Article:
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Guinness Six Nations Preview – Wales Change Six For Crunch Italy Clash – FloRugby

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Welsh head coach Warren Gatland has made six changes to his side ahead of their trip to Rome for what will be a Championship deciding clash for the two teams. 

In the unfamiliar position as rank outsiders, Wales have been a shadow of their former selves this season. Losing their opening three fixtures rather comprehensively, the golden days of Welsh Rugby could not feel further away. 

Woeful on-the-field performances have been matched only by the current off-field challenges facing the Welsh game. 

Opting for an experienced squad to open the Championship at home to Ireland. Gatland hoped to reignite the fire under several trusted warriors with whom he has shared great days during his first tenure as Welsh coach.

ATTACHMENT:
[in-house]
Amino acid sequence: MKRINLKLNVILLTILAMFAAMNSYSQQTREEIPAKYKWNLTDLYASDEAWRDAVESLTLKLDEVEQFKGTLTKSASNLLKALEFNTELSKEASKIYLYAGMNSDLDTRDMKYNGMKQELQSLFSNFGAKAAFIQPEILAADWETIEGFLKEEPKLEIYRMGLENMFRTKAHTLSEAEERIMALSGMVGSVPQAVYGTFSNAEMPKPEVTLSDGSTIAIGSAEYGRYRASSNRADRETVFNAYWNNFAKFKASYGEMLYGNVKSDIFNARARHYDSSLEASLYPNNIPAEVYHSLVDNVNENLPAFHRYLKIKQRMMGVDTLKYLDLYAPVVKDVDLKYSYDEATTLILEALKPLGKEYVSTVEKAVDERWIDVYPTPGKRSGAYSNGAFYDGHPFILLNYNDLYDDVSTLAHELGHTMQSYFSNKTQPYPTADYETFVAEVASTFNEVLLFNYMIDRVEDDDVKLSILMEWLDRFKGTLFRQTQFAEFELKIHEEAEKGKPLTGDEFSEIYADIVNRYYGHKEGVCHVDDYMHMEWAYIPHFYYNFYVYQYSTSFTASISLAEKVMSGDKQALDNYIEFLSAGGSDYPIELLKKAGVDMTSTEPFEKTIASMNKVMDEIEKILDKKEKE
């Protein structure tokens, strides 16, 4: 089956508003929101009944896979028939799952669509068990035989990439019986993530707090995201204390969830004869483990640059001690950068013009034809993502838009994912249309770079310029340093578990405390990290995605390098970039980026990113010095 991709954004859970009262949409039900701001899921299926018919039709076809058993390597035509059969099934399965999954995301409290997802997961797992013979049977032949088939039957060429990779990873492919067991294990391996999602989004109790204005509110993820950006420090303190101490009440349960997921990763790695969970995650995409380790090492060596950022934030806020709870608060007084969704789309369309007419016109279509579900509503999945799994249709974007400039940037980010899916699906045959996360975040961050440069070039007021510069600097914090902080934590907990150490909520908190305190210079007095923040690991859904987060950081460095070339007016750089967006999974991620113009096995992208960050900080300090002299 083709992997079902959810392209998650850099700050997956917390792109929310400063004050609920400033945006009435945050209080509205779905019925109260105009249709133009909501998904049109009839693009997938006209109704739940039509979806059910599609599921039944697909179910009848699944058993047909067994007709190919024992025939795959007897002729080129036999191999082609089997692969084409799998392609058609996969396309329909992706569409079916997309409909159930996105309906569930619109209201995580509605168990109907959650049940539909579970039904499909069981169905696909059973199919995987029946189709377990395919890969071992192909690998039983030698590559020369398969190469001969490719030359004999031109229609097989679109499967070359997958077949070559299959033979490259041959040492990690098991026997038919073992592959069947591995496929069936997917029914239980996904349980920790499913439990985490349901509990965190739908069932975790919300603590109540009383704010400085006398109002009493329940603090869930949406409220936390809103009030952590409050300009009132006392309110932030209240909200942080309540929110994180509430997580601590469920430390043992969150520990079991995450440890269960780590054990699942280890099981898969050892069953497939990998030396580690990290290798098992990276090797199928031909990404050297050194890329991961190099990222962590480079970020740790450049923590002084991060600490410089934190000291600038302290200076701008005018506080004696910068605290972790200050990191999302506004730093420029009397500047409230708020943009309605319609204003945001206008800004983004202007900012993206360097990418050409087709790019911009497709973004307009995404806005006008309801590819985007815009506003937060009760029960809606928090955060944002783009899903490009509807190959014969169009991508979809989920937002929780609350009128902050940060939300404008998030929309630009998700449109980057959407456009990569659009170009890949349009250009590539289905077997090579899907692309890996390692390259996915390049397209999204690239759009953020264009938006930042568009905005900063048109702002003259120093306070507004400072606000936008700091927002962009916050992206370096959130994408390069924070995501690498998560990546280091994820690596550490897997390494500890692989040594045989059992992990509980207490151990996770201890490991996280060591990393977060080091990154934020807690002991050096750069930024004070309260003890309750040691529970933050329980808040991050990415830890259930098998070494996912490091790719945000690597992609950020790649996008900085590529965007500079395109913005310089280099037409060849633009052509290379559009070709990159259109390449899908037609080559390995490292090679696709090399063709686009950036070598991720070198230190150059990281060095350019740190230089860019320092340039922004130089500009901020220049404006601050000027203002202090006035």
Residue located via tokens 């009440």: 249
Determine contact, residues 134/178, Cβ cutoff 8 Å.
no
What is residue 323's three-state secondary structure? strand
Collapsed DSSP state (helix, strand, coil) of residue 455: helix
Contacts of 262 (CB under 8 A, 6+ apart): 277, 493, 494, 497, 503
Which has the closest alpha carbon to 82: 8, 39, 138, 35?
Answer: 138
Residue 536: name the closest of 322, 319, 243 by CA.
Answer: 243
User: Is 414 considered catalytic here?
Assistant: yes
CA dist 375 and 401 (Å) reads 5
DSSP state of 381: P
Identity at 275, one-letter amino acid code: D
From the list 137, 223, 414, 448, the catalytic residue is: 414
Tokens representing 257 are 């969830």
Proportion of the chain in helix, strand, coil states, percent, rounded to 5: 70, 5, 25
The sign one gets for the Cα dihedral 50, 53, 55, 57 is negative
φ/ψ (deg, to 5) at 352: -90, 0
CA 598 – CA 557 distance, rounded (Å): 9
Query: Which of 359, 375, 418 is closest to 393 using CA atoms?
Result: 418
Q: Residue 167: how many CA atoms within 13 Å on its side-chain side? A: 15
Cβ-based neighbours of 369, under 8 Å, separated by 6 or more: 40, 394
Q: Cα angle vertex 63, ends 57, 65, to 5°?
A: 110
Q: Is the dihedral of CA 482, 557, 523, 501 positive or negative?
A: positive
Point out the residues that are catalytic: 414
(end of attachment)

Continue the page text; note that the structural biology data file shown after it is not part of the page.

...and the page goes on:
Unfortunately, whilst some of this Welsh squad will go down as some of the finest players to ever wear the red jersey, their best days are firmly in the past. 

Loosehead Wyn Jones gets the start, whilst the impressive Dafydd Jenkins starts ahead of Alun Wyn Jones in the secondrow. Behind them, the outstanding Jac Morgan starts ahead of fellow youngster Christ Tshiunza on the flank. 

Liam Williams replaces Leigh Halfpenny at fullback, whilst Louis Rees-Zammit drops to the bench as Rio Dyer returns to the starting line-up on the left wing.

At scrumhalf, the experienced Rees Webb will make his first start for three years as he comes in ahead of Tomos Williams. 

Partnering Webb in the halfbacks will be Owen Williams, who continues ahead of former captain Dan Biggar who drops out of the squad altogether.